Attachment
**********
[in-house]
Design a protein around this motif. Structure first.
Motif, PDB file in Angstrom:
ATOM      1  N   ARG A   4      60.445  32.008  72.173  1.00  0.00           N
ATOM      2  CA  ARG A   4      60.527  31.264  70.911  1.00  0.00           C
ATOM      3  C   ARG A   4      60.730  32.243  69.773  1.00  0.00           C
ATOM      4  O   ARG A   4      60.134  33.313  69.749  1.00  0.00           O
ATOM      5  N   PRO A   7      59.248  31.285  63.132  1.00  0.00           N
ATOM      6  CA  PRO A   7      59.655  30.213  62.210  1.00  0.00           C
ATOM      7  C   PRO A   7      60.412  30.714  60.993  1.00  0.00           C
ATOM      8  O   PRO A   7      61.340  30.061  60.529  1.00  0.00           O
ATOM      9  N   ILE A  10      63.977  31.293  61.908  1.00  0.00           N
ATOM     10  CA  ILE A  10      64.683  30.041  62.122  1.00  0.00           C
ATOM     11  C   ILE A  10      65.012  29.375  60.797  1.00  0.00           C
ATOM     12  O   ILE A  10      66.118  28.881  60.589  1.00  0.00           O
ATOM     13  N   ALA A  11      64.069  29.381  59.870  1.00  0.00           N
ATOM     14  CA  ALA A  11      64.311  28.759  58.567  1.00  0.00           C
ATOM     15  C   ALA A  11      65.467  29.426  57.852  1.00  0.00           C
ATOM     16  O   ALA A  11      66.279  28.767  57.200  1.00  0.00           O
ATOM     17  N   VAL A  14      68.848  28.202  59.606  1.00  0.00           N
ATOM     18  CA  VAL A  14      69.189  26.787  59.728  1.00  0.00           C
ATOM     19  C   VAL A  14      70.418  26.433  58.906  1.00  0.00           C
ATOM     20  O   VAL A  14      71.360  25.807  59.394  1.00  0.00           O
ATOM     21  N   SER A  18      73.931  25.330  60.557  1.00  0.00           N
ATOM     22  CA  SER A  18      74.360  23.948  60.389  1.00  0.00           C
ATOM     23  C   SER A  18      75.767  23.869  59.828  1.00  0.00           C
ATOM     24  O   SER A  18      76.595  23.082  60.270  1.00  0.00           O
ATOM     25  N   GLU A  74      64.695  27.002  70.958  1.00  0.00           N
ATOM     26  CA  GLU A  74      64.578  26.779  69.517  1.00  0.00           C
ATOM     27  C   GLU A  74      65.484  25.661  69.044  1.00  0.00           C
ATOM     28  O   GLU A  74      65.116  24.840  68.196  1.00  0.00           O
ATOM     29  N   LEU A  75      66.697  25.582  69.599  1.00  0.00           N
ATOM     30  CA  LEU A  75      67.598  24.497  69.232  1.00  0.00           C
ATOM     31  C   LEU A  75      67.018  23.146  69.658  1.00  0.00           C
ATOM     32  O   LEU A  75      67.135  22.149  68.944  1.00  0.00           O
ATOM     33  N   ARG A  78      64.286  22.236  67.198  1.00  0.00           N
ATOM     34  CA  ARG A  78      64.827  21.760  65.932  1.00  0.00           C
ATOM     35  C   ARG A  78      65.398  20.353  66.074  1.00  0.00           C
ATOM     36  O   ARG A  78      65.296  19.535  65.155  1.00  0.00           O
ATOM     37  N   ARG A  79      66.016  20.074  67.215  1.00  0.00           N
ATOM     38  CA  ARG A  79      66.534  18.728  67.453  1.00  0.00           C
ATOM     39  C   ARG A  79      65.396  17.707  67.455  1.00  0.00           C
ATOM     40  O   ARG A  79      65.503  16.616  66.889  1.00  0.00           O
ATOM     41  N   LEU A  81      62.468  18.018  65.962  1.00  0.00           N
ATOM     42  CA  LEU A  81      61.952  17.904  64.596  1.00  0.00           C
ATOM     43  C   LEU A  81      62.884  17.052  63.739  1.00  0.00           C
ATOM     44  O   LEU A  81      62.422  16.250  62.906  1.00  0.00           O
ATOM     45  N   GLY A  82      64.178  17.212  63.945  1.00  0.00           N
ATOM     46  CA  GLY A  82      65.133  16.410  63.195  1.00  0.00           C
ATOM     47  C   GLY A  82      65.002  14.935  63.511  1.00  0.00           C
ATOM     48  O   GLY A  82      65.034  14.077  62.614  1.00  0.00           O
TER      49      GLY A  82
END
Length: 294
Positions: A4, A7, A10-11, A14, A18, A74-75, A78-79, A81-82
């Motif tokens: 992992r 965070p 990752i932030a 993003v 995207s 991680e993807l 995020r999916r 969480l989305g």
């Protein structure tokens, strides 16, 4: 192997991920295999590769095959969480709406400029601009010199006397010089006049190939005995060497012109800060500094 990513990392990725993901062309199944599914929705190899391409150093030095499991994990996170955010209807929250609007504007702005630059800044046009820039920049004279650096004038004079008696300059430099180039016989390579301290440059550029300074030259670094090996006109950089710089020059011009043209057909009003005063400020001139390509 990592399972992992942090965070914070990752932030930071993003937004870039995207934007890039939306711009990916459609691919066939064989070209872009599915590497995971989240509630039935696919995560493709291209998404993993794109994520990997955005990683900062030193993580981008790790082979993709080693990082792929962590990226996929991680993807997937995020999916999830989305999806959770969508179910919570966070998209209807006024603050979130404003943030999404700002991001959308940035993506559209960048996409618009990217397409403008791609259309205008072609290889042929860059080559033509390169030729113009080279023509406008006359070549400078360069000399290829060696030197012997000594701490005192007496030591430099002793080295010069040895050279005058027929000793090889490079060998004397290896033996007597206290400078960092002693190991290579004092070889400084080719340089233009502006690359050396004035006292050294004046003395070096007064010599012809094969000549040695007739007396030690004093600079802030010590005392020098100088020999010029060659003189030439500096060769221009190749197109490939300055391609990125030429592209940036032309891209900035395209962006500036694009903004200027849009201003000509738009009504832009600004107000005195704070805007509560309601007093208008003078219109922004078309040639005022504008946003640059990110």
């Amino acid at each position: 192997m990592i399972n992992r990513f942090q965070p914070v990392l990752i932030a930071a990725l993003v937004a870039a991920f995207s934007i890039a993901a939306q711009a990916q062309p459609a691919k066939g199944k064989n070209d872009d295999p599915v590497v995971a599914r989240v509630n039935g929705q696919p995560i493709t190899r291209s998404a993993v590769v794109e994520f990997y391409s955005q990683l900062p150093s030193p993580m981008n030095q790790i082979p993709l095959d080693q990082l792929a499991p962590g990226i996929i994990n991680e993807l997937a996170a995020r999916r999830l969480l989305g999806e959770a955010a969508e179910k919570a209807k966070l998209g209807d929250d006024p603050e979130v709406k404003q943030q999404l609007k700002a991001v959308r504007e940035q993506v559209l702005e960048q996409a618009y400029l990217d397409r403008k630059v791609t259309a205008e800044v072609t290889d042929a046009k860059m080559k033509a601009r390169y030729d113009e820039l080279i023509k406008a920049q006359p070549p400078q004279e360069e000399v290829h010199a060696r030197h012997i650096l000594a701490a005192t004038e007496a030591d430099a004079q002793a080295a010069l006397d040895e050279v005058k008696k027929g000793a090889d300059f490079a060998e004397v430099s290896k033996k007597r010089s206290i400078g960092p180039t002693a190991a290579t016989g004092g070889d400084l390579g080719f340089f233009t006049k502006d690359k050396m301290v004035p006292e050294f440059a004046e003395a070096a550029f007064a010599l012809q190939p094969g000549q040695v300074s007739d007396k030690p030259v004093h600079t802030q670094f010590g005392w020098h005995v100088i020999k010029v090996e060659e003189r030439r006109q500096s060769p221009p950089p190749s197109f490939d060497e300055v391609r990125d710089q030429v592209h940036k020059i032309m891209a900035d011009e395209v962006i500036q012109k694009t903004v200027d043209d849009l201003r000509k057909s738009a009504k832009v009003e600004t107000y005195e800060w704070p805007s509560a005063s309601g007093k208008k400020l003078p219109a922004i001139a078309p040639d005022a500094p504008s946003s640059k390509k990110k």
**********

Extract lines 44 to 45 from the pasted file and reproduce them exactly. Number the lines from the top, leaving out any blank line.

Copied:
ATOM     41  N   LEU A  81      62.468  18.018  65.962  1.00  0.00           N
ATOM     42  CA  LEU A  81      61.952  17.904  64.596  1.00  0.00           C